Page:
Of Clergy and Prophets: Ending Unholy Silence in the Church

Throughout all the Scriptures, both the Old and the New Testaments, there is frequent mention of priests and clergy-type figures.  Interestingly, many of these Scriptural references to the clergy, probably even the majority of them, are negative.  In the long list of persons, places, and things that God condemns in our holy texts, the priests are given some of the most withering critiques. It seems that in every era of our religious history, there has been a problem with the condition of the clergy.

Granted, not all the Scriptural mentions are critical.  There are some heroes, who are the reformers, like Elijah, or Ezekiel, or Ezra.  Saint Paul speaks with affection of some of the “elders” (bishops/priests) who he has been associated with.  The apostles were flawed men, as was Saint Paul himself, but it is clear from the New Testament that their status after the Resurrection as shepherds of the flock was held in high regard.  These are the handful of the good ones that stand out anyway.  Otherwise, when the clergy are spoken of generically, or when the temple leaders (scribes, Pharisees, Sadducees) are mentioned as a group, it is clear that they are a pretty unimpressive group, always in need of reform.

One would think that a role, or office, that is so consistently criticized by God in His Scriptures should simply have vanished for lack of need.  If the clergy are so bad, why do we keep having them after all? Sort of like dandelions, us priests keep popping up in the yard of religious piety, in every tradition and in every era, which suggests that we are needed for some reason, even if we are typically a lukewarm lot.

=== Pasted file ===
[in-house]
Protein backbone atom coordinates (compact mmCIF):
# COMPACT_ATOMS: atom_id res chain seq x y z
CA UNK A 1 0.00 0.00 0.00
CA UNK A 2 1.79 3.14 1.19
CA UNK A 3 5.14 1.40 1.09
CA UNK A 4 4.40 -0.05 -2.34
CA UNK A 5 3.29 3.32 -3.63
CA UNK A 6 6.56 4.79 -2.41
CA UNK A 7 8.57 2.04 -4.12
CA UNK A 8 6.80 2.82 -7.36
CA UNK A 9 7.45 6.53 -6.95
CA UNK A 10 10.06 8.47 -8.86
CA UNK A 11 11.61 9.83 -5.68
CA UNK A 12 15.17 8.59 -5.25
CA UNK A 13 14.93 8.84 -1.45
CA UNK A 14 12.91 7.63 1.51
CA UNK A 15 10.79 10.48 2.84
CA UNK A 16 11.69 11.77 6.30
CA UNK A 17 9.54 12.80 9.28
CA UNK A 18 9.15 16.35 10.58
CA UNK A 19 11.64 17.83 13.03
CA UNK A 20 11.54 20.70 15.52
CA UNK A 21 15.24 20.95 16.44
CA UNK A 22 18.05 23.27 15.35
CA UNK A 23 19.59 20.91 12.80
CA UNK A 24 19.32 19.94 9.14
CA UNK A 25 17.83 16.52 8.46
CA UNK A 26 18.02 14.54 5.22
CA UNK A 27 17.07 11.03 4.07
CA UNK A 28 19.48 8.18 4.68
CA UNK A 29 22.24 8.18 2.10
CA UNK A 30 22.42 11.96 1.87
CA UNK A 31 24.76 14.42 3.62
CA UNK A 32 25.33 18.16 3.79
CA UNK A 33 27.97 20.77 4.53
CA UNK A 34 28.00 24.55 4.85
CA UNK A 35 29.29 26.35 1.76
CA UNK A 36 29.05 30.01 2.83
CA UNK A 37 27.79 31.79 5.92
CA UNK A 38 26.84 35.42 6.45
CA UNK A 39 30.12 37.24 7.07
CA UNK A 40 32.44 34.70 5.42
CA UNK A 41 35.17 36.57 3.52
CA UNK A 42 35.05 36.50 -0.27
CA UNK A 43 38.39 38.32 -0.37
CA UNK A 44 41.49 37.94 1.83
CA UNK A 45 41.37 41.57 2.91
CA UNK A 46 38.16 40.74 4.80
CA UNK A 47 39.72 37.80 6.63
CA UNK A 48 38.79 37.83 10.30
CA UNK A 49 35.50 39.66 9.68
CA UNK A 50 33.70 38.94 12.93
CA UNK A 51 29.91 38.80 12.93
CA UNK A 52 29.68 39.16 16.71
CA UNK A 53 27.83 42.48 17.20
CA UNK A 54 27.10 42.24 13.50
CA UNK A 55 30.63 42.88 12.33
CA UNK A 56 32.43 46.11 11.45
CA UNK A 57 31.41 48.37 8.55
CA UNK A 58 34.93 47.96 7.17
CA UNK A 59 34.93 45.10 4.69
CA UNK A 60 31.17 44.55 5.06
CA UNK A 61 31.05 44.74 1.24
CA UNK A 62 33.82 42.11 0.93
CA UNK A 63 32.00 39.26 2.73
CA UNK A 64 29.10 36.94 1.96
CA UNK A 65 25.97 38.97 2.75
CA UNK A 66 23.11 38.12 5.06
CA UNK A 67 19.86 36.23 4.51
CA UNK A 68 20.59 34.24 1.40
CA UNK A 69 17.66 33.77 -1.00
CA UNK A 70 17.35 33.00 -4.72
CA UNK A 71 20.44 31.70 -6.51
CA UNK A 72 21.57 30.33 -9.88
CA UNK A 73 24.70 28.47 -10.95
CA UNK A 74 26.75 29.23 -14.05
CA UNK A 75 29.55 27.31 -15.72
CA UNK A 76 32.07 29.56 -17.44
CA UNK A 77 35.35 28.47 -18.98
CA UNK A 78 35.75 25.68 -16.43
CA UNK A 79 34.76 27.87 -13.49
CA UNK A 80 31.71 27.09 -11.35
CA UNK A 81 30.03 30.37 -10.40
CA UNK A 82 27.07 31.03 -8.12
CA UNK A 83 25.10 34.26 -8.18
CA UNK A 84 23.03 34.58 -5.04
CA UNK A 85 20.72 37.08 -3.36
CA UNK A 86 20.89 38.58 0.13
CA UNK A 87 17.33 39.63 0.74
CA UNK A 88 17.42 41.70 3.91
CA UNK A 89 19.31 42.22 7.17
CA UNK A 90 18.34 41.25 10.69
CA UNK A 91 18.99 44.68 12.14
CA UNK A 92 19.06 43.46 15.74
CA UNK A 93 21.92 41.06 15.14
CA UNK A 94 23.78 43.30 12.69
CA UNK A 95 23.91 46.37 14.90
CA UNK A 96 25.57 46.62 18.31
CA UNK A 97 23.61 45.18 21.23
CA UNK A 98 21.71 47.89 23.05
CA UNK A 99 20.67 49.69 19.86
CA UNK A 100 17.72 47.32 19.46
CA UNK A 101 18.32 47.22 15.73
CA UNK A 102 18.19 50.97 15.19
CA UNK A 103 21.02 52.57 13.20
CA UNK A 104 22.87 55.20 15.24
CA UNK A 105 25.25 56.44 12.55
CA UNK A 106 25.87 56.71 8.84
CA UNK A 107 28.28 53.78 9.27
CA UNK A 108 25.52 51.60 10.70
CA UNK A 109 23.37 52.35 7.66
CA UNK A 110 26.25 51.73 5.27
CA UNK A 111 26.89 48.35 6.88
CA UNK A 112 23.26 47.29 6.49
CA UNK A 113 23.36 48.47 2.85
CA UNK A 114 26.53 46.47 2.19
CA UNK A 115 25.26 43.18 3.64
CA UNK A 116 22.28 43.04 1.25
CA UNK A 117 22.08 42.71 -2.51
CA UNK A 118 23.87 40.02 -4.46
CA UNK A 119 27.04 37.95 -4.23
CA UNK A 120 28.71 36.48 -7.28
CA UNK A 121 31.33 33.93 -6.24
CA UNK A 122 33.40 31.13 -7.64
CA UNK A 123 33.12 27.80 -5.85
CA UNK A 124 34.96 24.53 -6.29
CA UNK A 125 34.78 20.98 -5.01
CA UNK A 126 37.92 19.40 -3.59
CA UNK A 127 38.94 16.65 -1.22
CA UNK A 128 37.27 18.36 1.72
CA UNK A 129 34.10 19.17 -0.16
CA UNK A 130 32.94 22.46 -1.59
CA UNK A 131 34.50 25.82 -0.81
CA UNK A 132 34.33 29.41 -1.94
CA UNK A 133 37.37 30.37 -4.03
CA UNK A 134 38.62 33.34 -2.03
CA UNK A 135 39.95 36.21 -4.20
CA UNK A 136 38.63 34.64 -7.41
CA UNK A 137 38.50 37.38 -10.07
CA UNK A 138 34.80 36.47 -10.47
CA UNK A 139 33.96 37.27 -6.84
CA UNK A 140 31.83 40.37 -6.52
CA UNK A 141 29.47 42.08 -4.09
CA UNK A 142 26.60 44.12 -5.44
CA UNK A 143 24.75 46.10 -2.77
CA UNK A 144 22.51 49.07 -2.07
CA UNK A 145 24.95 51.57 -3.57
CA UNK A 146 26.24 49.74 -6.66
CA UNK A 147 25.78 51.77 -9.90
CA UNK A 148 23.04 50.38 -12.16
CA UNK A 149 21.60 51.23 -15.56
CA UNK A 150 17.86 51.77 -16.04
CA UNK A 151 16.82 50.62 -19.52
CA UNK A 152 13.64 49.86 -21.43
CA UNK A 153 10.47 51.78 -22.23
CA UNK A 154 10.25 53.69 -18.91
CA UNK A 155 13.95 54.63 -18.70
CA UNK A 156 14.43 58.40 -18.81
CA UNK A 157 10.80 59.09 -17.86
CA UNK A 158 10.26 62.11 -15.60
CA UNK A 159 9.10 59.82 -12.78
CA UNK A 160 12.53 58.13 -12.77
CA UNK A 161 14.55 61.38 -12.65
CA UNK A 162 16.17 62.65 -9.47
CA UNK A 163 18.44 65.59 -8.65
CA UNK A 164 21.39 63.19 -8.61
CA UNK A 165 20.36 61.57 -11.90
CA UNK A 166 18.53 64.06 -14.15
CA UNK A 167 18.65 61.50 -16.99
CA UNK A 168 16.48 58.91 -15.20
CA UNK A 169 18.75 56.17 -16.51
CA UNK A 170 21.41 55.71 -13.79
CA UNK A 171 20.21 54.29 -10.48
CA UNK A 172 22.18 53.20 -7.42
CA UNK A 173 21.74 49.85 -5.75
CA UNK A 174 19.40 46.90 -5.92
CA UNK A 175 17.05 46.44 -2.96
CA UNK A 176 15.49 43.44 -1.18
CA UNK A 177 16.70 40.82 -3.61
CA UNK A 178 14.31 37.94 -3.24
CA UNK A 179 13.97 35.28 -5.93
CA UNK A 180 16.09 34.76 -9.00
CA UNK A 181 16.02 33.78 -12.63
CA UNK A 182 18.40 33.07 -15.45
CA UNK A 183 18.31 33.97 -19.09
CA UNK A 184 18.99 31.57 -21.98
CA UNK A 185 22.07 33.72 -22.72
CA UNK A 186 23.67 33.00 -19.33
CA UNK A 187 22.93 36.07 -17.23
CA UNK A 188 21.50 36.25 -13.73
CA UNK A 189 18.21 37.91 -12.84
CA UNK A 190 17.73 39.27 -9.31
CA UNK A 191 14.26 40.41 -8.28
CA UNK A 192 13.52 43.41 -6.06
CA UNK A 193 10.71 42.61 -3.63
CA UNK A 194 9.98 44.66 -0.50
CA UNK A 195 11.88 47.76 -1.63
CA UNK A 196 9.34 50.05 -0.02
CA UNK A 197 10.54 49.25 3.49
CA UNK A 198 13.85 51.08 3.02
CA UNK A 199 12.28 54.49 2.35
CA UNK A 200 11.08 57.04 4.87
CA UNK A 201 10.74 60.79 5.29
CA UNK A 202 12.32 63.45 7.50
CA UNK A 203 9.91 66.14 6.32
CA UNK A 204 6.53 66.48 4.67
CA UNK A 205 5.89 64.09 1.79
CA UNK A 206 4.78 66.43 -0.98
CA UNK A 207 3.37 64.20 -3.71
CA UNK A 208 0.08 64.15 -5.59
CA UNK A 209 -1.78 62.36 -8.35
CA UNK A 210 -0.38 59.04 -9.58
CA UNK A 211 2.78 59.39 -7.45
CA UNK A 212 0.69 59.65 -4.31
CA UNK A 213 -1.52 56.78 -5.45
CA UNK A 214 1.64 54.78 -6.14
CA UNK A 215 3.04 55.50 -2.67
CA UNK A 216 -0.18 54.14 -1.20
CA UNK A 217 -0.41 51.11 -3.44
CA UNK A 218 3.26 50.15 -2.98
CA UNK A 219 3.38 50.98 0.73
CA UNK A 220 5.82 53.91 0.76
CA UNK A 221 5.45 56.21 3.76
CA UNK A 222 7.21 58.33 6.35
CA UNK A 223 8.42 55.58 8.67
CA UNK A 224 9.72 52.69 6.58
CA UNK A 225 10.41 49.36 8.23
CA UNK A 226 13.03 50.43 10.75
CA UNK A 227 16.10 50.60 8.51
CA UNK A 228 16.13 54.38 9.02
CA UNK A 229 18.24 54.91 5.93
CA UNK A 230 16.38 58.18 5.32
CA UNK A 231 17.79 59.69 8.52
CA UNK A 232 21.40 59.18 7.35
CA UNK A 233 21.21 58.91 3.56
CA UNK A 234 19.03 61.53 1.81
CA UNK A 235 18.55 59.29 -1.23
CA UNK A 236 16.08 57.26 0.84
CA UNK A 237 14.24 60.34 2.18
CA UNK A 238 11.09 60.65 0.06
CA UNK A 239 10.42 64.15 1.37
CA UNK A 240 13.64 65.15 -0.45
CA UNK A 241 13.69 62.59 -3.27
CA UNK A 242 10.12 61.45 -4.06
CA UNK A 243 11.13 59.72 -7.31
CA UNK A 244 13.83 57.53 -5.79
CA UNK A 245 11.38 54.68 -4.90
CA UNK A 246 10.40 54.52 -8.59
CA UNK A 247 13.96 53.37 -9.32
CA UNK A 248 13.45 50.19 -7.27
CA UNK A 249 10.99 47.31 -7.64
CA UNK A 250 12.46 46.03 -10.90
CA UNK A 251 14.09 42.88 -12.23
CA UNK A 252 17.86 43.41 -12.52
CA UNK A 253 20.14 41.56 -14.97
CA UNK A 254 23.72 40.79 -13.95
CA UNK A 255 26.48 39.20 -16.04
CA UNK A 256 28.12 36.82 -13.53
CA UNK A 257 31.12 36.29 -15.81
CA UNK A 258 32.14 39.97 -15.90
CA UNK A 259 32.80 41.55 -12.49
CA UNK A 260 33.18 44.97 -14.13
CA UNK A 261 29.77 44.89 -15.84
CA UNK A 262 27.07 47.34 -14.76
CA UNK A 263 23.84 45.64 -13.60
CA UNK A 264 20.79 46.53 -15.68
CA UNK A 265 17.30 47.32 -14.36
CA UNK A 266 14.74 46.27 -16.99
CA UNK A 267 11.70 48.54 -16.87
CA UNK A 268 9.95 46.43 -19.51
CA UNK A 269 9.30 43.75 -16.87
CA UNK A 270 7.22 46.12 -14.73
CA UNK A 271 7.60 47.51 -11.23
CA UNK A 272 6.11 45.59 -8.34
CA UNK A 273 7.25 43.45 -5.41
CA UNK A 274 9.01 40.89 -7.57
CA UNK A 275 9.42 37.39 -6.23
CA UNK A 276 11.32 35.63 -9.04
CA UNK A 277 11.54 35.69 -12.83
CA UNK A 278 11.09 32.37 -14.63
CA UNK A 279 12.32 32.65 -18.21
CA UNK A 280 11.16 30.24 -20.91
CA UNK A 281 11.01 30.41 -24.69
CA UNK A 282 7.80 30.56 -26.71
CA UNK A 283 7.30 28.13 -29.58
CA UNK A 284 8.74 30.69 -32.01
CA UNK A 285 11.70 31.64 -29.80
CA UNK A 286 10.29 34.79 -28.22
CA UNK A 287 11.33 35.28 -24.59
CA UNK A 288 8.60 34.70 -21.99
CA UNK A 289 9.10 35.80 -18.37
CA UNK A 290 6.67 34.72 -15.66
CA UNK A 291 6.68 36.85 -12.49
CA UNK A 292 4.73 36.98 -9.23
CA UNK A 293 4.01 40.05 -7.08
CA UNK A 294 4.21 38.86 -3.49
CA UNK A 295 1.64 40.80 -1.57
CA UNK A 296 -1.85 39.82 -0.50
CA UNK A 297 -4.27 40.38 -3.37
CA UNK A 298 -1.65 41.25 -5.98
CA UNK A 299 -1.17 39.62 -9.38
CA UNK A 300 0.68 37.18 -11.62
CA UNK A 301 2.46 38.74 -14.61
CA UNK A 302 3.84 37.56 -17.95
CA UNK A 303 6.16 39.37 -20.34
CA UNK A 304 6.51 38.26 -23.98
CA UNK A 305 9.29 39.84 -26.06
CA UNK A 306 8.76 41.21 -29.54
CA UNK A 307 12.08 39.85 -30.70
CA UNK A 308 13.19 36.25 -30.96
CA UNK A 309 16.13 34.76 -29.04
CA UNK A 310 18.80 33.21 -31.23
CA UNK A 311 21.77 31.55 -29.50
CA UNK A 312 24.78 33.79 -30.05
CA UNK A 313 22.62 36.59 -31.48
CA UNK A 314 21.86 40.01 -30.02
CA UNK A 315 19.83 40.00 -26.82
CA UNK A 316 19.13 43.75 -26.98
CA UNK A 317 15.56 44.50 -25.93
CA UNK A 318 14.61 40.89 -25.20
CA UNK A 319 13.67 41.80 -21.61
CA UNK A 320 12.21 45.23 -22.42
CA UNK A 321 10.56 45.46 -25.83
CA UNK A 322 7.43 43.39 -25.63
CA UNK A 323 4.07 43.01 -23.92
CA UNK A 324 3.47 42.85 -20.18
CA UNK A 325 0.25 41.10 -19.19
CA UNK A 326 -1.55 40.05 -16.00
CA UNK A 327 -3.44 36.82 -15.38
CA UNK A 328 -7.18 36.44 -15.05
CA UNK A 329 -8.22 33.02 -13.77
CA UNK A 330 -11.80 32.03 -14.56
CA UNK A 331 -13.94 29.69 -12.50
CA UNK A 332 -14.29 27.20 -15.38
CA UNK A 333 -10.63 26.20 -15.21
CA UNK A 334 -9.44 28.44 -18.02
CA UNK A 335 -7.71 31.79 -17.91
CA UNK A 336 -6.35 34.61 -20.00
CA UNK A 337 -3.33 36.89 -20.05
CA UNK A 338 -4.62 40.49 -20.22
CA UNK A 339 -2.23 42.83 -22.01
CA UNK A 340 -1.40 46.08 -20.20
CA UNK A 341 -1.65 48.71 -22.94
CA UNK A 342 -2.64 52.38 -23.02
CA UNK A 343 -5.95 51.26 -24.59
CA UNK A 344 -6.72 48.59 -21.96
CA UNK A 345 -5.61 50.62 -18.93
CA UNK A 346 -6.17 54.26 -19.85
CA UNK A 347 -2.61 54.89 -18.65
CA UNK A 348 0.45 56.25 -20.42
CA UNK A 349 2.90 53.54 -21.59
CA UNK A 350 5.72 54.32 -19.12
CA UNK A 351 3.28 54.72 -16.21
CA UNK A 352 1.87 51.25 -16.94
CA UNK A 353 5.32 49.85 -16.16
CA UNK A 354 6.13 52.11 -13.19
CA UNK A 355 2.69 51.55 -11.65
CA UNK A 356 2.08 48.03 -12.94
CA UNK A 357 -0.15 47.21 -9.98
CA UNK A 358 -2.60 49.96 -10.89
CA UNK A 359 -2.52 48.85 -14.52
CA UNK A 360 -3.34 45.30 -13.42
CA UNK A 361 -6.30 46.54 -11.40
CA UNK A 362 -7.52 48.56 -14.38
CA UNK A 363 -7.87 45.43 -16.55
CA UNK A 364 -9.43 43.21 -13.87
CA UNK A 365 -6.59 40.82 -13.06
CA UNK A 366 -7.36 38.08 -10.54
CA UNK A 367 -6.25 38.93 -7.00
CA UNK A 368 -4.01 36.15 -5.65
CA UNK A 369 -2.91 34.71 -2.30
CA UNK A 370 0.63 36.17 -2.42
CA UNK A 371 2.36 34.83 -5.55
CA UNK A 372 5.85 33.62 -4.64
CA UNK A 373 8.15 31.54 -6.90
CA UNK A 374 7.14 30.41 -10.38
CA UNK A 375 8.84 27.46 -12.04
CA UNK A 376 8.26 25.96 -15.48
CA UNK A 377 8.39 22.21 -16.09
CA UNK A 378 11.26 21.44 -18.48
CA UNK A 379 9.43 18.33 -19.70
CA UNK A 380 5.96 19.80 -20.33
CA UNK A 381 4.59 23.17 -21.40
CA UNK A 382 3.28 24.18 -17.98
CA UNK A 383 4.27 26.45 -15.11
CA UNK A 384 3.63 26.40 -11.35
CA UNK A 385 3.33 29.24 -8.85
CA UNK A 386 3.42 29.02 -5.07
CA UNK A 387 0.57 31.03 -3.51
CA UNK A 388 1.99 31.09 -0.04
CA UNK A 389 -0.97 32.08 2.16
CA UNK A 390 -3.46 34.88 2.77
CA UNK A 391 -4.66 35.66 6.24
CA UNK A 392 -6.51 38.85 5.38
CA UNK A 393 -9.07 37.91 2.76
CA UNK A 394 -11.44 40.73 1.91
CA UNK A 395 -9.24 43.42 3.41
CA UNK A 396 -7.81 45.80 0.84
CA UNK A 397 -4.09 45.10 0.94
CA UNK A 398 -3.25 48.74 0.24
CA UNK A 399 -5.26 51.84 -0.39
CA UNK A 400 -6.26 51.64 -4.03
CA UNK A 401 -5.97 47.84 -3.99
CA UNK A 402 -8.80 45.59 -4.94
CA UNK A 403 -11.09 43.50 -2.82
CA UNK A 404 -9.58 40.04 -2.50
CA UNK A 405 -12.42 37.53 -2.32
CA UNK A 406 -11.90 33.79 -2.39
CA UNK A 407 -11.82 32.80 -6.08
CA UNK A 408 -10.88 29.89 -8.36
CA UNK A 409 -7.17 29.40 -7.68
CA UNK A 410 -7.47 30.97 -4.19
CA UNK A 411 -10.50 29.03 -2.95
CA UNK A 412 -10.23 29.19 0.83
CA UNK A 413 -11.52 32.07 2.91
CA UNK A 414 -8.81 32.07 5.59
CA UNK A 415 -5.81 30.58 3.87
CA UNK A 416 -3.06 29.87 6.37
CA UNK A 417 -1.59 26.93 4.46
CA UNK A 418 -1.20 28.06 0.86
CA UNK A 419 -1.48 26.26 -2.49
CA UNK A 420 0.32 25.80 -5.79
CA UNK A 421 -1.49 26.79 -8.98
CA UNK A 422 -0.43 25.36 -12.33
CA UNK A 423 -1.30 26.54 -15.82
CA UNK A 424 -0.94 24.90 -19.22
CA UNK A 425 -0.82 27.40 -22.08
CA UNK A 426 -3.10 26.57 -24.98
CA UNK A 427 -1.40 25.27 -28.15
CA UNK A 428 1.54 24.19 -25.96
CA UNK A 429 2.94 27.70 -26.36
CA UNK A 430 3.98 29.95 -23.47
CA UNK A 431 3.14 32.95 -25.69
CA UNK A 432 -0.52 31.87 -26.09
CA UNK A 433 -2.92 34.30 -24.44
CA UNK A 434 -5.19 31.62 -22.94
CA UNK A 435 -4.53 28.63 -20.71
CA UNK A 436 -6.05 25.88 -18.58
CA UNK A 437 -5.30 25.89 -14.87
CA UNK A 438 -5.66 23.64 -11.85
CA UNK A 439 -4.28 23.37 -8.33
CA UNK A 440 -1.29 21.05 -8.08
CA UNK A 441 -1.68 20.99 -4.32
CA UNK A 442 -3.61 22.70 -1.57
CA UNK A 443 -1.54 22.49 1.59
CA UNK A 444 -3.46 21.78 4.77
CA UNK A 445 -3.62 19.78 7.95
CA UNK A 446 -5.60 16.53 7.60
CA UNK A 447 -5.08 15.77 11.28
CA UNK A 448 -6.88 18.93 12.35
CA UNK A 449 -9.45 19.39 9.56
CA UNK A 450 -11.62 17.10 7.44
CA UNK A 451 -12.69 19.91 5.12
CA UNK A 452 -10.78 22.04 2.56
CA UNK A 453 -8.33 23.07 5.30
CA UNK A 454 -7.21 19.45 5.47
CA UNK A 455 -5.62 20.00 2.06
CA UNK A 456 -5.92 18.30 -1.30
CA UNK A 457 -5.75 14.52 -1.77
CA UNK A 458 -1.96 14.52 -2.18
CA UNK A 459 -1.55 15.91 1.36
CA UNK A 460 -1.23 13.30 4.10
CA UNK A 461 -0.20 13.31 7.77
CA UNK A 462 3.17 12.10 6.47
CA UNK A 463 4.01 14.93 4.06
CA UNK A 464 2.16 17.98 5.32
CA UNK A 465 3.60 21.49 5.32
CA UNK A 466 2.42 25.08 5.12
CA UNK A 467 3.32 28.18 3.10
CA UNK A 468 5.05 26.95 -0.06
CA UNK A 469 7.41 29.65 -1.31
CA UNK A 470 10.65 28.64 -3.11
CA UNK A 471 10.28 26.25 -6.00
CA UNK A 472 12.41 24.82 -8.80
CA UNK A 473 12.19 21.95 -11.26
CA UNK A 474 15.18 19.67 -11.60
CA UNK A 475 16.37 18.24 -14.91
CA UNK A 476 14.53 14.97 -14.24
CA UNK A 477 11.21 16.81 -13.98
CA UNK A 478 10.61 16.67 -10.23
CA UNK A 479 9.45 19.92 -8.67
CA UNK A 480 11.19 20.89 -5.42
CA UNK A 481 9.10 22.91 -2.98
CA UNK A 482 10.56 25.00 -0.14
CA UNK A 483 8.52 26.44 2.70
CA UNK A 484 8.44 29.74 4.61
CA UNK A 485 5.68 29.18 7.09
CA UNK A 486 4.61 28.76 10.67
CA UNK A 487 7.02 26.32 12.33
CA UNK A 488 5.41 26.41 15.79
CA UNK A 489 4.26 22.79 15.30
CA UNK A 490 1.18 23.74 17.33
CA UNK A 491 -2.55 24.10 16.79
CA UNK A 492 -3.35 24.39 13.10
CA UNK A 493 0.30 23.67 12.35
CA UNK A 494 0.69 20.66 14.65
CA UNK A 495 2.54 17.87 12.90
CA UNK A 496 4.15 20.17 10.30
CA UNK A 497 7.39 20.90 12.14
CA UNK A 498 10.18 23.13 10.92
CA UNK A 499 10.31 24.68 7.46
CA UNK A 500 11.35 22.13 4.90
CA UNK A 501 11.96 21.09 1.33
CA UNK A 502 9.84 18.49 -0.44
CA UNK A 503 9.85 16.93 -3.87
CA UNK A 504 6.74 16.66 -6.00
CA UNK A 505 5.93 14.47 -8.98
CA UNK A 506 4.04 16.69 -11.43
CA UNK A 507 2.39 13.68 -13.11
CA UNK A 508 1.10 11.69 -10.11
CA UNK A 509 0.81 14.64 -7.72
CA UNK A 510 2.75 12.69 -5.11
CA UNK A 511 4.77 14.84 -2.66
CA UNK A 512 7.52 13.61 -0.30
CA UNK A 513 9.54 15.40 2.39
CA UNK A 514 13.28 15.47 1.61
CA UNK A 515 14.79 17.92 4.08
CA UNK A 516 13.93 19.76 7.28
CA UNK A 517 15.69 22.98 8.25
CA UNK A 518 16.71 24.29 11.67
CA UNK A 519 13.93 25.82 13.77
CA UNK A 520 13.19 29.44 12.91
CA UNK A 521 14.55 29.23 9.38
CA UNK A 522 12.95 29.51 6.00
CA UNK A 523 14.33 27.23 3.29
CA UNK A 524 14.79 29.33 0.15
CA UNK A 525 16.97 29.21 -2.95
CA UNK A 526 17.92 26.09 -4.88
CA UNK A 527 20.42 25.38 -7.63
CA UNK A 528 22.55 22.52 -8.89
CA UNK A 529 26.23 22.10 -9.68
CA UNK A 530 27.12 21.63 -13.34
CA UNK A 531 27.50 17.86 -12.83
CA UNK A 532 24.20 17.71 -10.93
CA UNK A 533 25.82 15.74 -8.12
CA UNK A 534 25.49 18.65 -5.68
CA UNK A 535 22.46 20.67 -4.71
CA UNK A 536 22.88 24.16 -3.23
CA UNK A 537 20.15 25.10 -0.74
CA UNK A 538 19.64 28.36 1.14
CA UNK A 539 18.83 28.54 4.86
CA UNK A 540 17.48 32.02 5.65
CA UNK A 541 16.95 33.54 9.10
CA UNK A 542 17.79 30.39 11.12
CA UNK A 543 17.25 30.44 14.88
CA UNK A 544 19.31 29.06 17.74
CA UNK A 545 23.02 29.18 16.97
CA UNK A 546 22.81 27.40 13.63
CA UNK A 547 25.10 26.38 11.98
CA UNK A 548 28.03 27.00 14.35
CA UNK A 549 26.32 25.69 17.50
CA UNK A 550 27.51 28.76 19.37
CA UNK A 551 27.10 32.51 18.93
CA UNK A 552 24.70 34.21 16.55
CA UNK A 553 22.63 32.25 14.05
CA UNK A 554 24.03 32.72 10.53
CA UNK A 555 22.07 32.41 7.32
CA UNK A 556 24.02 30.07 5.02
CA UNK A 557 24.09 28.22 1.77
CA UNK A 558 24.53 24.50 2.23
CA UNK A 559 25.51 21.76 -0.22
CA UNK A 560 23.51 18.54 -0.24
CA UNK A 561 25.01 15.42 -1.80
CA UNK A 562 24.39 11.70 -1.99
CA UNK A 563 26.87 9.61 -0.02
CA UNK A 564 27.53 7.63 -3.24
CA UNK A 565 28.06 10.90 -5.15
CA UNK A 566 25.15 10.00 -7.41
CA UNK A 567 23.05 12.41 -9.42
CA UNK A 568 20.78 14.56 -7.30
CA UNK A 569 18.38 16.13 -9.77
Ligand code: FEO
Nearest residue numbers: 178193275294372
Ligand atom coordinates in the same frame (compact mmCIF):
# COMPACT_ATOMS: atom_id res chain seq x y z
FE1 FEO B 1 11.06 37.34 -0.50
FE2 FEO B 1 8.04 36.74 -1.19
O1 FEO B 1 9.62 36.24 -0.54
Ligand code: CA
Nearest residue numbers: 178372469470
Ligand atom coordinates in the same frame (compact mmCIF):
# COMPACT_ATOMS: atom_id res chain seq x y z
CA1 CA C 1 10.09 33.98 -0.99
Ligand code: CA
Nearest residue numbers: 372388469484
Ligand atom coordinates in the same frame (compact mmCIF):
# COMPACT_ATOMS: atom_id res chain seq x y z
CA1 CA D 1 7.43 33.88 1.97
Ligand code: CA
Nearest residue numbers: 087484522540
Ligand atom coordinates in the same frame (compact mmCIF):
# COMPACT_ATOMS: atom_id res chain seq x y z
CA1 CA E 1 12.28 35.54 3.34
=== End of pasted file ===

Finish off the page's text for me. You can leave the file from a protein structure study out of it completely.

As recent headlines about clerical abuse of power show, the clergy continue to be a real problem.  We have been through waves of Catholic Clergy sexual abuse headlines and the surfacing of heinous acts for decades now, but what seems especially upsetting about this latest batch, centering-in on (now-resigned) Cardinal McCarrick of Washington, DC, is the unavoidable conclusion that a culture of mutual protection and silence among the priests and among the bishops continues to persist IN SPITE OF the last couple decades of hard revelations and costly lessons.

Have we learned nothing? Must we ask if such a culture of mutual protection and secrecy about unholy behavior is endemic to, or inescapably a facet of, clerical existence? One hopes not.   As Catholics we do believe in the changeless teaching that even for all of its problems, the Catholic priesthood is desired by God for the world, and that it originates in His call to men to follow after Him in every generation. God would not will something that is intrinsically unholy or even permanently broken to persist.  Therefore, unholy secrecy cannot be integral to the priesthood, despite all outside appearances at the moment.

Are good and holy clergy rare then, considering again that the Scriptures are full of stark corrections to the clergy?  This is harder to say, especially when so many of us who lived life thinking we knew Father “so and so” to be a good holy man were shocked to discover bad things about him as secret deeds came to light. After awhile, this steady stream of double lives come to light breaks down our unshakable certainty in the goodness of the clergy.